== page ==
This has gotten a bit lost in translation so I am going to be more precise: we have classes recursion.c, fib.c, and countUp.c. from recursion.c we have to recursively call fib.c or countUp.c, decided by the input argument. I can't use header files and am only given that I must place prototypes:
int fib(int n);
void countUp(int n);
TAR = tar COMPILER_FLAGS = -g -Wall -std=c99 -c LINKER_FLAGS = -g -o OBJS = recurse.o C_FILES = recurse.c fib.c countUp.c ASM_FILES = recurse.asm TARGET_FILE = recurse TARGET_TAR = PA5.tar $(TARGET_TAR): $(TARGET_FILE) $(TAR) -cvf $(TARGET_TAR) $(C_FILES) $(ASM_FILES) $(TARGET_FILE) Makefi$ recurse.o: recurse.c $(C_COMPILER) $(COMPILER_FLAGS) $(C_FILES) $(TARGET_FILE): $(OBJS) $(LD_LINKER) $(LINKER_FLAGS) $(TARGET_FILE) $(OBJS)
where fib and countUp class methods must be called recursively. The recursive.c file is considered our c driver. Do not create or implement any header files OTHER than those that are standard c headers (stdio.h, string.h, etc.). When I try to run this I get:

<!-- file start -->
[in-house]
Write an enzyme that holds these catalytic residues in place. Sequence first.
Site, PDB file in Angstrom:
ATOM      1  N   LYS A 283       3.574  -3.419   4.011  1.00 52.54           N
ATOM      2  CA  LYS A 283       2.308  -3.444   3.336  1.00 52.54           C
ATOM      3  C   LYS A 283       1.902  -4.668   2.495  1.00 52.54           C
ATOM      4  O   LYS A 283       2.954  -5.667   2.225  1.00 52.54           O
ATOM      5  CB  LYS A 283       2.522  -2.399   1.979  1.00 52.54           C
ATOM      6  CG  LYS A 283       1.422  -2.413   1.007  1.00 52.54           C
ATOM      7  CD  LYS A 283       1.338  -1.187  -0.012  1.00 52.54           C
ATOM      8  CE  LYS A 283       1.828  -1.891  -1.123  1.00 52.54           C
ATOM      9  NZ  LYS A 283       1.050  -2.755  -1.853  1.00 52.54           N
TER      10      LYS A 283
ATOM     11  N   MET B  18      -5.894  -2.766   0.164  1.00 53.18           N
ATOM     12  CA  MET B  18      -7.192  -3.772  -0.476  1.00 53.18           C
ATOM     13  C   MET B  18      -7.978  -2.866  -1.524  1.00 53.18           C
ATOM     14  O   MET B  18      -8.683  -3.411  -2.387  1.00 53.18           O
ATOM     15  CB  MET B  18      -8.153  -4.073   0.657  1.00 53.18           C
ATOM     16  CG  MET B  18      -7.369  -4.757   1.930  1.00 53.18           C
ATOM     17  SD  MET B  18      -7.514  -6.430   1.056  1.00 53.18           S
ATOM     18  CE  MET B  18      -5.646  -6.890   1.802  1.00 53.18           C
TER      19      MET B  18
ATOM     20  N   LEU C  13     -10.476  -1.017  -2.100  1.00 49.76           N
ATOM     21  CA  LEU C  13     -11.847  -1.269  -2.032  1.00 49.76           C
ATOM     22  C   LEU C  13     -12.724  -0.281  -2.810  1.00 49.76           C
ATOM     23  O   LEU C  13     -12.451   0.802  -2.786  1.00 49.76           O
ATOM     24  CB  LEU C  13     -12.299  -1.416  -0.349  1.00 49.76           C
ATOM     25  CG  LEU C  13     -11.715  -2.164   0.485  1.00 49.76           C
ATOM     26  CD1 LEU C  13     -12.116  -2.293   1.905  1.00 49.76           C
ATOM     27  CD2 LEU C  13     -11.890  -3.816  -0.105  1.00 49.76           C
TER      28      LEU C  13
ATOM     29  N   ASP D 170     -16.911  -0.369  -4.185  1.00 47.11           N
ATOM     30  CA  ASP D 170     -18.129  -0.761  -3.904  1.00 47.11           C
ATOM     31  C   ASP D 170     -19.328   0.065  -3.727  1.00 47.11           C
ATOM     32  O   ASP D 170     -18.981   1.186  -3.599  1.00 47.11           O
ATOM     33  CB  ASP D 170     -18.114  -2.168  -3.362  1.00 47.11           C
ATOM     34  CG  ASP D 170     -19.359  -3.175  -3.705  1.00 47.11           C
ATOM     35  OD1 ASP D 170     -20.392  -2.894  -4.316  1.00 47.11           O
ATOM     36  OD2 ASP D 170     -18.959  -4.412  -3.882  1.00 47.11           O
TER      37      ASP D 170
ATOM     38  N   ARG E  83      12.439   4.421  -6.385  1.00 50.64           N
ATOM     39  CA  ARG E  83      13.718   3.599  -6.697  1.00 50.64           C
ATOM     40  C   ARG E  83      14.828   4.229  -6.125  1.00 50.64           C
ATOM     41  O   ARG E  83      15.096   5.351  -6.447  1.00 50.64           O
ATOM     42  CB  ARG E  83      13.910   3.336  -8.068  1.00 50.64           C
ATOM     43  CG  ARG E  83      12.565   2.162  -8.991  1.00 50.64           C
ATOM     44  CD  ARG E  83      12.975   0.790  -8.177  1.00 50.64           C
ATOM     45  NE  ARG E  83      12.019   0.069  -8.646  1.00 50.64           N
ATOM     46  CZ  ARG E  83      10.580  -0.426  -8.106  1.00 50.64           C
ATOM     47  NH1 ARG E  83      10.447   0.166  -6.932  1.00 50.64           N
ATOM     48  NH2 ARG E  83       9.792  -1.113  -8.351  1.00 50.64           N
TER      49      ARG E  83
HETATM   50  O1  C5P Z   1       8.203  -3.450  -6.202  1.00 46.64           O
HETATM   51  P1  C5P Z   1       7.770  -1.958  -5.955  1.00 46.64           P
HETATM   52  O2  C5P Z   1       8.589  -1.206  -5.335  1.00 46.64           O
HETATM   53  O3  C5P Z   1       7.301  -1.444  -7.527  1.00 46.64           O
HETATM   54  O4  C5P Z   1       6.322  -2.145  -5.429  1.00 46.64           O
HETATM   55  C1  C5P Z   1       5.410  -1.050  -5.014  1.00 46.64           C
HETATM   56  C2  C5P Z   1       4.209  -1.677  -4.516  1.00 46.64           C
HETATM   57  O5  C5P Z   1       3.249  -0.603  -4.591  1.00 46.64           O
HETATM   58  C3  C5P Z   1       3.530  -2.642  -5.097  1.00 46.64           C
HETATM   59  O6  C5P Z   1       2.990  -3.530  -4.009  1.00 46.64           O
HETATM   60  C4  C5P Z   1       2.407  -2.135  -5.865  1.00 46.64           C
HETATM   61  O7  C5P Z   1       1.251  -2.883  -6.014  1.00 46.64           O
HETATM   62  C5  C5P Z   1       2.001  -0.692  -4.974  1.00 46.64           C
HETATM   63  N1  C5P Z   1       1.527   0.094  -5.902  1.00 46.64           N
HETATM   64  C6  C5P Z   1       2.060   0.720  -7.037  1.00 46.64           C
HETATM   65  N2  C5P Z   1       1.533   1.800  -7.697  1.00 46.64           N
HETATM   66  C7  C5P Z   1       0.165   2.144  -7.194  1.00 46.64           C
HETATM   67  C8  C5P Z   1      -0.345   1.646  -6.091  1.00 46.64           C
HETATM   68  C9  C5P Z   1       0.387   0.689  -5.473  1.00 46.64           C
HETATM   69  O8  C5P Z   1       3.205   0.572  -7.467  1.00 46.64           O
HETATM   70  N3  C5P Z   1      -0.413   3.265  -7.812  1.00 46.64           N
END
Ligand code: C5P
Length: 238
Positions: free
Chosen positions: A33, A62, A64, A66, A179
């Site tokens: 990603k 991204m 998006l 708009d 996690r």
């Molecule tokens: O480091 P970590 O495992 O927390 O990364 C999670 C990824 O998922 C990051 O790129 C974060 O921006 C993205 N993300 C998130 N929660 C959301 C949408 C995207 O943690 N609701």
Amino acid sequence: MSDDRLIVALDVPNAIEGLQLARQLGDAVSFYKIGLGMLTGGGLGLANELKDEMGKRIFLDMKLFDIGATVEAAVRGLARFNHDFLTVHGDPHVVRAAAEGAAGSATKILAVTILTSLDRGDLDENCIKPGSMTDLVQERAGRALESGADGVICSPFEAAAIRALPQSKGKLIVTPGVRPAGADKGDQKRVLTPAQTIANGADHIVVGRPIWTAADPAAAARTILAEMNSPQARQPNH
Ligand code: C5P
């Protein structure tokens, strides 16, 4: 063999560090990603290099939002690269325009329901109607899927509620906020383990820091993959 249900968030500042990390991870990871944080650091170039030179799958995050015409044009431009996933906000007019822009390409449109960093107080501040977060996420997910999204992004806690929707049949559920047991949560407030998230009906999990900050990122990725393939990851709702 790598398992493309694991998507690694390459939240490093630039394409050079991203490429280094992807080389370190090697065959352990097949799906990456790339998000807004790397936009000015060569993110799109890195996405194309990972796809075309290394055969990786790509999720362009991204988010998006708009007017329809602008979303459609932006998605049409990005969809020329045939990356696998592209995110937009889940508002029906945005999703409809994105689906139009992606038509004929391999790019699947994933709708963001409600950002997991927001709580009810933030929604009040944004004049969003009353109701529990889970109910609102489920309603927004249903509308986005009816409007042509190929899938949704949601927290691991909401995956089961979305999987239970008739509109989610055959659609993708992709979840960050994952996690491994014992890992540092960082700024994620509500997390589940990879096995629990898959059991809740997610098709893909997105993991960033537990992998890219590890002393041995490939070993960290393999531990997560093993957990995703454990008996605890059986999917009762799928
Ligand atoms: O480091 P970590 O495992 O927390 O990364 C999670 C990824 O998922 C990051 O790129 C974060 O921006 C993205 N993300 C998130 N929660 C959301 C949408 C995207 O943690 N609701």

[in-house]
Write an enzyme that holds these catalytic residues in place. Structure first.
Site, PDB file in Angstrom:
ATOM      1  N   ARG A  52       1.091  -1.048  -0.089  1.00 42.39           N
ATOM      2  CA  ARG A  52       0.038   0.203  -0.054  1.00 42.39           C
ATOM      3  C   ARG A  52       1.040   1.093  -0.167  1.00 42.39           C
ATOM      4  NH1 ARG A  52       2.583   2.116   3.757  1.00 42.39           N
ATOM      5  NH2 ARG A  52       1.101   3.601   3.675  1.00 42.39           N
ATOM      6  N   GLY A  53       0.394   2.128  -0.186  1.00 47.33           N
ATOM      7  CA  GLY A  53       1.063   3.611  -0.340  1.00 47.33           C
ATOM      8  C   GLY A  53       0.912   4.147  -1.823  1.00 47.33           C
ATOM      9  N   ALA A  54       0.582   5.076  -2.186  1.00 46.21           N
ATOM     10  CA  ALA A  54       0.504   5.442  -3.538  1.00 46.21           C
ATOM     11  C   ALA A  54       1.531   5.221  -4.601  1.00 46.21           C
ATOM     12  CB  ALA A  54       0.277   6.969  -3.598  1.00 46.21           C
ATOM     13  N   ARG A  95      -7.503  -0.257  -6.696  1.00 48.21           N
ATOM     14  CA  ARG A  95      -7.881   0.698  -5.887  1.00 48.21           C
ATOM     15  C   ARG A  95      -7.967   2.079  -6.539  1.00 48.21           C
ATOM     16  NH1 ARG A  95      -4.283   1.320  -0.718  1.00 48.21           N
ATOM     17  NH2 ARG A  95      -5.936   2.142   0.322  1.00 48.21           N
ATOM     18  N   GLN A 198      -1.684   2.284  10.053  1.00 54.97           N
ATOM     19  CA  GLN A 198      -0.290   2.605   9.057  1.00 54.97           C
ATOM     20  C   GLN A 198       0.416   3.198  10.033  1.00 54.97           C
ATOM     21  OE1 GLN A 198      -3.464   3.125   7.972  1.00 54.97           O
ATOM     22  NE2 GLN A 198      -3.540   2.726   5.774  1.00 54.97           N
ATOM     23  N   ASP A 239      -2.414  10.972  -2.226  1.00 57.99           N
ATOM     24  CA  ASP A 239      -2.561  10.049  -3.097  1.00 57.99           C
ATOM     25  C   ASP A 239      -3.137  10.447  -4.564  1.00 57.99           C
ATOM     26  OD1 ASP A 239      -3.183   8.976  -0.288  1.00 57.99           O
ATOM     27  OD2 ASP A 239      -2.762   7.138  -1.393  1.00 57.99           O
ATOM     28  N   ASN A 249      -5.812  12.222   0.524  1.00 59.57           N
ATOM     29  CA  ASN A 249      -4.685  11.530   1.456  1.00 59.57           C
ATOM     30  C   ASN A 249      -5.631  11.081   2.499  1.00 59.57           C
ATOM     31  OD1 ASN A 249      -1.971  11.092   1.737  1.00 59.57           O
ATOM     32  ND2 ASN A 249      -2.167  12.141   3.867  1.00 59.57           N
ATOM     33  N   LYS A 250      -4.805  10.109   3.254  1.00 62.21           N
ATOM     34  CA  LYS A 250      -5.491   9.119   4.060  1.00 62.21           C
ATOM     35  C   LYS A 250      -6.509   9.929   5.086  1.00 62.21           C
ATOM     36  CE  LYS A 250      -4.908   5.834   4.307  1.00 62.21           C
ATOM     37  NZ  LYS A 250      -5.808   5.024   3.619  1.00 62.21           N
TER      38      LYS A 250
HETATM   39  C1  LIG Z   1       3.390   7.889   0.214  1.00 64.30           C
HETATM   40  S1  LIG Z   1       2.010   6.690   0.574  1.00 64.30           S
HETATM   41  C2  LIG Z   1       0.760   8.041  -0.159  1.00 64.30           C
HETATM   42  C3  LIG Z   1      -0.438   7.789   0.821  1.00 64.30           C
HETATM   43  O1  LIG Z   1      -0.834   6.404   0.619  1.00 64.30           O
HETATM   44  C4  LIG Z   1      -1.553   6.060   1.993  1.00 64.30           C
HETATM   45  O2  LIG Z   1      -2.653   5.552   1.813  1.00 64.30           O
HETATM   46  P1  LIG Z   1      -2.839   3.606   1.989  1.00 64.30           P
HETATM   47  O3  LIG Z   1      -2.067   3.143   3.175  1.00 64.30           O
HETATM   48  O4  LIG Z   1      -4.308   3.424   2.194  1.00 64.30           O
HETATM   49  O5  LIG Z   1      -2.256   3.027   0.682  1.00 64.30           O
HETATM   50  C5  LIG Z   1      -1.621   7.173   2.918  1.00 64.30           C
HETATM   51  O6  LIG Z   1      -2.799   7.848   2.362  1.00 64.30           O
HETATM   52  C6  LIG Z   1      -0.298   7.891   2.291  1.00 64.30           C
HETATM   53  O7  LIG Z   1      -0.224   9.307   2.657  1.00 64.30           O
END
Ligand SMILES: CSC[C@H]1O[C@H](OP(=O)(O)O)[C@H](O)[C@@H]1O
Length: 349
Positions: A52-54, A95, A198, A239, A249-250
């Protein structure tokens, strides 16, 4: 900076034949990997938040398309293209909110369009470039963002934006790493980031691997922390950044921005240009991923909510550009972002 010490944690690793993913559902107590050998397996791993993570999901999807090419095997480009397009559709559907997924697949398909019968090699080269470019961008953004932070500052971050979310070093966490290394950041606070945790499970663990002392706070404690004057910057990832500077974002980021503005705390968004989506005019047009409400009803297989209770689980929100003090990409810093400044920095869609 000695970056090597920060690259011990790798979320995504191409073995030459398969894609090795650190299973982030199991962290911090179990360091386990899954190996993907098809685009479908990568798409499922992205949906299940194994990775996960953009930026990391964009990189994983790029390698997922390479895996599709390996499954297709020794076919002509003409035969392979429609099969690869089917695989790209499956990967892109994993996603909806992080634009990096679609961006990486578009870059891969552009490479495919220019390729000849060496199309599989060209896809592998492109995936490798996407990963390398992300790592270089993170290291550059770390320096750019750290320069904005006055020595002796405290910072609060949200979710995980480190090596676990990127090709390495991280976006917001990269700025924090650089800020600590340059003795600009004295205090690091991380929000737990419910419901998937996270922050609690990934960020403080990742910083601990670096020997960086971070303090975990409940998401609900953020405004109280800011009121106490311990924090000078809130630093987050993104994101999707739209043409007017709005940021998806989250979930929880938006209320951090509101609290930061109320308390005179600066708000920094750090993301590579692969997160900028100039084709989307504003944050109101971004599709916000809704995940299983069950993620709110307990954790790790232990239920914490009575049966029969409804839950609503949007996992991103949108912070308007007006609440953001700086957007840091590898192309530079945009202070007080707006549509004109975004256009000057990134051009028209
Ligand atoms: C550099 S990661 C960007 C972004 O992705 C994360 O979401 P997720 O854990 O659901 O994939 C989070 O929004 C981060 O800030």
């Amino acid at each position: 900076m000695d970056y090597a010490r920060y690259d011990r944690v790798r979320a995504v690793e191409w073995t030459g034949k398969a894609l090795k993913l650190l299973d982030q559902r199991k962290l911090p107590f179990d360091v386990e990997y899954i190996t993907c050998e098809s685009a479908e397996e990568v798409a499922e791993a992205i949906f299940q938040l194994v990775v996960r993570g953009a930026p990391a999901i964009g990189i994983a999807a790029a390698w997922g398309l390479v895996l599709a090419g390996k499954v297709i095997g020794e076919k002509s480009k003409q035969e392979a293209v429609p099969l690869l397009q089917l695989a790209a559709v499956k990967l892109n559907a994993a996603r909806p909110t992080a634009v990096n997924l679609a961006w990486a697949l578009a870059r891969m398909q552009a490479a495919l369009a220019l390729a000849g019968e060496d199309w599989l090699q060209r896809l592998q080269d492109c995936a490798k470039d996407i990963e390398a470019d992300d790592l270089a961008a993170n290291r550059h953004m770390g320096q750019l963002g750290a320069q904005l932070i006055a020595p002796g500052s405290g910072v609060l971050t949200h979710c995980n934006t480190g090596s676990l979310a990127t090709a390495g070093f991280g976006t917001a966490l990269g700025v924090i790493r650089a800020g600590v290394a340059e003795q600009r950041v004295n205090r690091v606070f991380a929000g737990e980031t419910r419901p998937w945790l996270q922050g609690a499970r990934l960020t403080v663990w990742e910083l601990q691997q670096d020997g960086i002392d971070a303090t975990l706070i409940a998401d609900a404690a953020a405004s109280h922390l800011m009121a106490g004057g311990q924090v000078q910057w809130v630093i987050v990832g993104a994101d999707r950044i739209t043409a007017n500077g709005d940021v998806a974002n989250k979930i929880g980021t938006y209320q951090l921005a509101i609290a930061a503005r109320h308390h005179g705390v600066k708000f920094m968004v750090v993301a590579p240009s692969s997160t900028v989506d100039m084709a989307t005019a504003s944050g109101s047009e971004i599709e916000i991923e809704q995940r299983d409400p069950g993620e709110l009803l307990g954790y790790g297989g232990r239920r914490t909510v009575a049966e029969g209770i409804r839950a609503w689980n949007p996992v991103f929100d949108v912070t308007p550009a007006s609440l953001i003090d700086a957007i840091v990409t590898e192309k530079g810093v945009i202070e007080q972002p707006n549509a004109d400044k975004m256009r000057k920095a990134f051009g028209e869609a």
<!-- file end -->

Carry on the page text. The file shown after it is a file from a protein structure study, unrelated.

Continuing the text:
make gcc -g -o recurse recurse.o recurse.o: In function `main': (file root location)/recurse.c:43: undefined reference to `fib' (file root location)/recurse.c:46: undefined reference to `countUp' collect2: ld returned 1 exit status make: *** [recurse] Error 1
Any clue what is going on.
Original Question: I have multiple C files that I am combining into an executable. For example say I have math.c, the arguments are passed into it, and then if the input argument calls add it performs functions from add.c, if the argument calls subtract it will call functions from subtract.c, etc. The files are then compiled into a .o file, and then an executable is created. The issue I have is not being able to utilize header (.h) files. Is there any way to break into the separate classes or am I missing something? I really don't know exactly how to ask the question, jargon is pretty bad as far as C goes, sorry :(
I don't really get the idea of a driver I guess. (Not a device driver, she keeps telling us this is a c executable driver).